With the foils being vital to the AC72s flying, the next iteration of the rule should specify a minimum amount of dihedral on the horizontal part of the daggerboards to ensure that, when they are lowered, the boat flies stably. It would be tempting to dispense with the rule banning trim tabs on daggerboards/rudders (that it was hoped would prevent AC72s from foiling, when the present rule was written) so that some sort of wave sensing mechanism could be used to control ride height automatically as a Moth does, but this would probably be an over complication. We’ll have a better idea of how this might be done following the Little America’s Cup, being held immediately after the main event next month, only in Falmouth, UK.

And it is high time someone stood up for the wing. Yes, they are a pain to step and unstep, but once up they hold significant advantages over softsails. No, they aren’t dangerous in strong winds because the top of them can be completely depowered to the extent that it is like reefing. The AC45s and AC72s tack better than other multihulls because the wing doesn’t stall like a mainsail does during manoeuvres.

The wing, together with increased camber in the hulls and optimum balance between the wing’s centre of effort, the boards and rudders, enables AC72s to tack better than any other multihull. To demonstrate why they are so good - in the one moment of match racing in the LVC Final, when Emirates Team New Zealand was successfully tacking to cover Luna Rossa on the beat, her speed never dropped below 10 knots during a series of tacks, something that just wouldn’t happen on most multihulls, not even ORMA 60s... Not for AC72s is getting caught in irons and having to reverse out of tacks.

Significantly, without the wing, foiling gybes are unlikely to be possible.

The problem is the Deed of Gift

Going forwards, the issue, as it always is with the America’s Cup, is the constraint placed on the event by the Deed of Gift. The AC72 might be the right boat for the America’s Cup, maybe America’s Cup racing can be made enticing for the Facebook generation, but this cannot happen, even when backed up by the mighty Ellison dollar, in just one Cup cycle. It can only happen over a longer period, but to make this happen requires continuity, which the Deed seems to not allow.

While at the time of the Ellison v Bertarelli court case there was much talk about establishing some continuity from America’s Cup to America’s Cup, this hasn’t happened and until it does, as Sir Keith Mills stated repeatedly around the time he pulled the plug on TeamOrigin, the event can never be run on a fully commercial basis.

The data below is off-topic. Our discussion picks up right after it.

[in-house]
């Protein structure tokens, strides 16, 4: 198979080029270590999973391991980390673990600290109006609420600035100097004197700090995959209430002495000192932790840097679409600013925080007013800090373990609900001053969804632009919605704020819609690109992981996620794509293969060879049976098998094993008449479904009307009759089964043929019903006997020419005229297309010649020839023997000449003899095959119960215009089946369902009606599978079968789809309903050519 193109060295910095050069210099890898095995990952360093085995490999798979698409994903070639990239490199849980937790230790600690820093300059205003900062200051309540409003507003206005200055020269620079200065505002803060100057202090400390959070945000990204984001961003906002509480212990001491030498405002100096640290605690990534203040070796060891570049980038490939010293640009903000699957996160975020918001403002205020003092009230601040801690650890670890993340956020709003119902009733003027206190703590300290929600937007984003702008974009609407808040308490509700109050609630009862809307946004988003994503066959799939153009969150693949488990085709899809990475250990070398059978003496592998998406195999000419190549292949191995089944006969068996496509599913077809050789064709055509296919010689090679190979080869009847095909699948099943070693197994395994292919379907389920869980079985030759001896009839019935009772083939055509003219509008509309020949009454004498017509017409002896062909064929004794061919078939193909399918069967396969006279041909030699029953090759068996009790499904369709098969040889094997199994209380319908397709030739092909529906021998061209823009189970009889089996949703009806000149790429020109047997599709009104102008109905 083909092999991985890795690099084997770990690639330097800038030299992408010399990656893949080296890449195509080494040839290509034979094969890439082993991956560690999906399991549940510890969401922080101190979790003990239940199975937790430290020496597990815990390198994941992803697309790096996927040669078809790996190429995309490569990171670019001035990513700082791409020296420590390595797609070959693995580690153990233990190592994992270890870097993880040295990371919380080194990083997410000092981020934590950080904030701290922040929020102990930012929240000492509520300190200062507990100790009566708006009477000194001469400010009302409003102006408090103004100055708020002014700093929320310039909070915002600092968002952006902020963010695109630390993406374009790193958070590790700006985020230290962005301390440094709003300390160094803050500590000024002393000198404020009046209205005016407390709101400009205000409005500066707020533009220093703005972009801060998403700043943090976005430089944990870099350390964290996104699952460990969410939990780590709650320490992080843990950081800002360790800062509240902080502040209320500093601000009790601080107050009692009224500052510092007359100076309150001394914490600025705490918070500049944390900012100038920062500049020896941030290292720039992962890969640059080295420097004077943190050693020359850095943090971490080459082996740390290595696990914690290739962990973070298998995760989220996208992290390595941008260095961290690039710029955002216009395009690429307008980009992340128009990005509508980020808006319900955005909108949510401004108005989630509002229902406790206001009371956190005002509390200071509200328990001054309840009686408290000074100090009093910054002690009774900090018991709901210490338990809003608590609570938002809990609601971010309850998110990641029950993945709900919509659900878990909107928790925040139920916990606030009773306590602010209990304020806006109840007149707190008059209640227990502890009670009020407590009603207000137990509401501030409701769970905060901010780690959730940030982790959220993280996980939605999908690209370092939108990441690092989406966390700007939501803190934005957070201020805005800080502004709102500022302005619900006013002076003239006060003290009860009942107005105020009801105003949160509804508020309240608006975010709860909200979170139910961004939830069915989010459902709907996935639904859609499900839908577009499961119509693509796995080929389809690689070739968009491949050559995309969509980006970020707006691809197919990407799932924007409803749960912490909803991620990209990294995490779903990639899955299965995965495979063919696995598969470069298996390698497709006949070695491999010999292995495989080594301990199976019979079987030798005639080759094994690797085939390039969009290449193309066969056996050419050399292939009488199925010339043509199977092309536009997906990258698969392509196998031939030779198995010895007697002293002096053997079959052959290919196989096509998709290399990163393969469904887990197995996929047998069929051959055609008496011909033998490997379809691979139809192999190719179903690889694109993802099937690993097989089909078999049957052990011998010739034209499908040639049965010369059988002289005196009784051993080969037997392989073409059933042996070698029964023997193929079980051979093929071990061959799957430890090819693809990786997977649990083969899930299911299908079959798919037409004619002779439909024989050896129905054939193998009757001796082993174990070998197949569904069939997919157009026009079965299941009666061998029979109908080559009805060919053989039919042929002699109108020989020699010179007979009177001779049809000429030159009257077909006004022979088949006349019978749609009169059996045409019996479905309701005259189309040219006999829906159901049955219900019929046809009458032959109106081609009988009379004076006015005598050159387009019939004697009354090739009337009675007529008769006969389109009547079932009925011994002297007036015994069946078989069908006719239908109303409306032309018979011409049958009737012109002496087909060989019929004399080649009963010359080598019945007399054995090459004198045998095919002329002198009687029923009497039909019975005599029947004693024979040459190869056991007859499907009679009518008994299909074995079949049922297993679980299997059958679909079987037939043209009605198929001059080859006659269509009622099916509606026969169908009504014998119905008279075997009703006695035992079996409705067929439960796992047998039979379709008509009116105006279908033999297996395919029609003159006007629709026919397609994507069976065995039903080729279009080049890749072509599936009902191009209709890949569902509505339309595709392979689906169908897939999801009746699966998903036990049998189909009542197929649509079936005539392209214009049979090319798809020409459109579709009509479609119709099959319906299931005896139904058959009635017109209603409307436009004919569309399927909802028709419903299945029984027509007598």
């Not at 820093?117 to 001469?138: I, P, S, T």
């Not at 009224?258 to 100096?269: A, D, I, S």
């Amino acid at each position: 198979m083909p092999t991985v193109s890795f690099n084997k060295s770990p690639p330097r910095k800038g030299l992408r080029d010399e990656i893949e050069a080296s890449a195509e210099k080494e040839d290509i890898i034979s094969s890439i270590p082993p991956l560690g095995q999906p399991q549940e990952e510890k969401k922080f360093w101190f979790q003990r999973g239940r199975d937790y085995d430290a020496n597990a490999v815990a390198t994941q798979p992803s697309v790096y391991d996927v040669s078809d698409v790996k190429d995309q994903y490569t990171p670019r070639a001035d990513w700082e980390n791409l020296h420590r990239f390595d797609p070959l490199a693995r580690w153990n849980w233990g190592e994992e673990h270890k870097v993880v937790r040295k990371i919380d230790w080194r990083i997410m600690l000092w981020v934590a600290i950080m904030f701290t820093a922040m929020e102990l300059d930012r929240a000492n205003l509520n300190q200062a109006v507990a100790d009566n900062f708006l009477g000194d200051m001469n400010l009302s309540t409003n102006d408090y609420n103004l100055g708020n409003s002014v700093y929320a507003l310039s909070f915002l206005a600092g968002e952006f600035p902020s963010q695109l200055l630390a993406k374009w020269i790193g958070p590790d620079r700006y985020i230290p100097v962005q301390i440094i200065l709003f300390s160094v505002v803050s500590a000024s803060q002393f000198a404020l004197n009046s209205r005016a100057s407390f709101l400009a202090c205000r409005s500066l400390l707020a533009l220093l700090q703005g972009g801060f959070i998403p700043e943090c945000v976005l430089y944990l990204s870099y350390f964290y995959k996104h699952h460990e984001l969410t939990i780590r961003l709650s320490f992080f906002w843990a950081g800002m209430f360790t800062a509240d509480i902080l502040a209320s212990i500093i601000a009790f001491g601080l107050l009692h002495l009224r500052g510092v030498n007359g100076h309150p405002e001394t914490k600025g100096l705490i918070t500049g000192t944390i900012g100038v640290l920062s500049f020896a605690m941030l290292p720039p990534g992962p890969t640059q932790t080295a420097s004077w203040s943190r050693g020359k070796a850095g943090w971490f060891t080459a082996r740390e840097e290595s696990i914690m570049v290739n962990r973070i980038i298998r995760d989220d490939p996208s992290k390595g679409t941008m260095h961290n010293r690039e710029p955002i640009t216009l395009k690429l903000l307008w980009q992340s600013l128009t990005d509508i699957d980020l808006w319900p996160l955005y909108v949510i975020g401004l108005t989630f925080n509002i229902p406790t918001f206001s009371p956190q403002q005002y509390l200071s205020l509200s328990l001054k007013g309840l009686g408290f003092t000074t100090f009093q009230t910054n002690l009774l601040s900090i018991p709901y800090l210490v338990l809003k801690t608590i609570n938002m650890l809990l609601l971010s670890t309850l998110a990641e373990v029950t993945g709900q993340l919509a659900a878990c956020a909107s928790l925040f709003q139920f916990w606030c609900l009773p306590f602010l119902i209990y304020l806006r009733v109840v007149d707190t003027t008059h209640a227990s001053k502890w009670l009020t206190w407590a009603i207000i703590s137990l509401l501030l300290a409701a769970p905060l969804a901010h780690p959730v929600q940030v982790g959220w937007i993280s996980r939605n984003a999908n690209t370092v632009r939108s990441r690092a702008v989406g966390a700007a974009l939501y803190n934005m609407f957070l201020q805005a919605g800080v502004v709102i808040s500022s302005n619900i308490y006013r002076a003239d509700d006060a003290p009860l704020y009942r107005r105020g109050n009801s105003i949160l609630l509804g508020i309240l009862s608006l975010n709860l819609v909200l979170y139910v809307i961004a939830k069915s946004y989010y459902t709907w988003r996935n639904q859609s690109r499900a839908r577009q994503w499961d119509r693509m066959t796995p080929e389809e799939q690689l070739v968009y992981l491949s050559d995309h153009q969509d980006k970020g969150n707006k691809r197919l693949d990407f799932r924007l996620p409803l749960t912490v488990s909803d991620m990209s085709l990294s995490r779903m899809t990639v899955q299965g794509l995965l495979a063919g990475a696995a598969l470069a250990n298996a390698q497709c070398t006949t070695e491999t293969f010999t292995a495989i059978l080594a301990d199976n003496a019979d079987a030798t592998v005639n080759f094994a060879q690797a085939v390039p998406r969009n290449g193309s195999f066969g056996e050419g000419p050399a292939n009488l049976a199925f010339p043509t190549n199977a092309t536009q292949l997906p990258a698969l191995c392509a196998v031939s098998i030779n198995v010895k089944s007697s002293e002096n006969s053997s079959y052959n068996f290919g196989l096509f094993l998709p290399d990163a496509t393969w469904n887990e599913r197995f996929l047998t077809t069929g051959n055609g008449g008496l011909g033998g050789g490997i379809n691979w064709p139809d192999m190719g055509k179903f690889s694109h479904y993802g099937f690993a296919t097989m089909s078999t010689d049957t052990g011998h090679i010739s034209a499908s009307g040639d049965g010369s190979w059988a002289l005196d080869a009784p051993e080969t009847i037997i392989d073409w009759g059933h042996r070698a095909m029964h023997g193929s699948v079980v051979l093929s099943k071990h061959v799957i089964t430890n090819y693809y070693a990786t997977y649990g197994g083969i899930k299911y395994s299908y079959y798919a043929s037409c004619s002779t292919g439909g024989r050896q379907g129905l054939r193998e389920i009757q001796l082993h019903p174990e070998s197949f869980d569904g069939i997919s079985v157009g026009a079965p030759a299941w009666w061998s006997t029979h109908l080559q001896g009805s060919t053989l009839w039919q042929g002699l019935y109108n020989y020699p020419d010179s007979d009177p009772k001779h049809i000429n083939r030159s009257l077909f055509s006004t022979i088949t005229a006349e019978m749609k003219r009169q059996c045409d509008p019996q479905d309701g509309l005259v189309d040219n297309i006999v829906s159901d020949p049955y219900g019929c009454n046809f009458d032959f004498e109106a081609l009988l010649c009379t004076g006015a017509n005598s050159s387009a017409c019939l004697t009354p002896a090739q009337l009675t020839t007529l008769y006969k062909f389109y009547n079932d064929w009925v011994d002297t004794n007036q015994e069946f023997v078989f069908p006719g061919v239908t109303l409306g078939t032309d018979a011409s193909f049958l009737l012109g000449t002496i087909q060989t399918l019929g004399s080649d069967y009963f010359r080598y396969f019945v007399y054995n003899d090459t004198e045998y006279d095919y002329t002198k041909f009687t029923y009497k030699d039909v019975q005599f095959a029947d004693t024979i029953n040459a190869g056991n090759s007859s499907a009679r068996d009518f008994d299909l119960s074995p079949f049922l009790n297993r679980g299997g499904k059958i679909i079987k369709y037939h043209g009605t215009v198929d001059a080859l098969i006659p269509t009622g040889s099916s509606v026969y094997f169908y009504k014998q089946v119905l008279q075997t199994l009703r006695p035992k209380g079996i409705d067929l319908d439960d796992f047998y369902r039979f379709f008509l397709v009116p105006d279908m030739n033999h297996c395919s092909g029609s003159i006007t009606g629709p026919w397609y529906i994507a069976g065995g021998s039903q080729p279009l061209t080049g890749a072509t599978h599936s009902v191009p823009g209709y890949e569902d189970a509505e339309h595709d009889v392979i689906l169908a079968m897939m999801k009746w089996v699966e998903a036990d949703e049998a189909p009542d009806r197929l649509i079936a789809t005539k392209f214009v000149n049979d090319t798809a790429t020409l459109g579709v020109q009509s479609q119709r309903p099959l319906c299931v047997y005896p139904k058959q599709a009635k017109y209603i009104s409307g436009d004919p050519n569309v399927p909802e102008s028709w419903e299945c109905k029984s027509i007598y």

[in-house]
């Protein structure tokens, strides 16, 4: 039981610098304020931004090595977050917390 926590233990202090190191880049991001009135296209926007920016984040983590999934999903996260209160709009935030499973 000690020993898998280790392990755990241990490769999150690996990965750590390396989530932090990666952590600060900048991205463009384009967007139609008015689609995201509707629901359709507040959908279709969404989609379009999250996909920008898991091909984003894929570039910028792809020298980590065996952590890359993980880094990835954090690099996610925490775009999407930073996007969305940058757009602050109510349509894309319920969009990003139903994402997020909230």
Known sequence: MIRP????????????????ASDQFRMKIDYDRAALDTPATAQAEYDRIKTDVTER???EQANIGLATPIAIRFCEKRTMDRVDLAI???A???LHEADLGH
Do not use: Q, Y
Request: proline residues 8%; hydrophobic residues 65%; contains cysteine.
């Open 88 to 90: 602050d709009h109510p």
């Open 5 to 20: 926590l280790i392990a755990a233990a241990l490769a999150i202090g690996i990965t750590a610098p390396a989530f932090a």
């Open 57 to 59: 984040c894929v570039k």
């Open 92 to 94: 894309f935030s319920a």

The present system, as laid out under the ‘mutual consent’ part in the America’s Cup Deed of Gift (see below), allows the winner, with the consent of the Challenger of Record, to decide on the nature of the next event. But obviously this only occurs when the winner has won at which point all vital information for the next event, including the venue, date, type of boat, race format, etc is spelled out in their Protocol document. Typically this leaves precious little time to establish commercial partners before the event takes place, concludes and the hiatus begins afresh.

Continuity from Cup to Cup is needed to fix this, bringing the event into the 21st century. We have suggested in the past that Challengers, at the time they sign up to the xth America’s Cup, should be made to agree to some aspects of the x+1th America’s Cup in the event of their winning, even if it is basic aspects like the choice boat, race format, the date and their choice of venue – information that should also be made public. Another clever way of circumventing this, as Brad Butterworth has suggested in the past, is that the winner of the xth America’s Cup (and of course their Challenger of Record) should get to write the rules for the x+2th America’s Cup.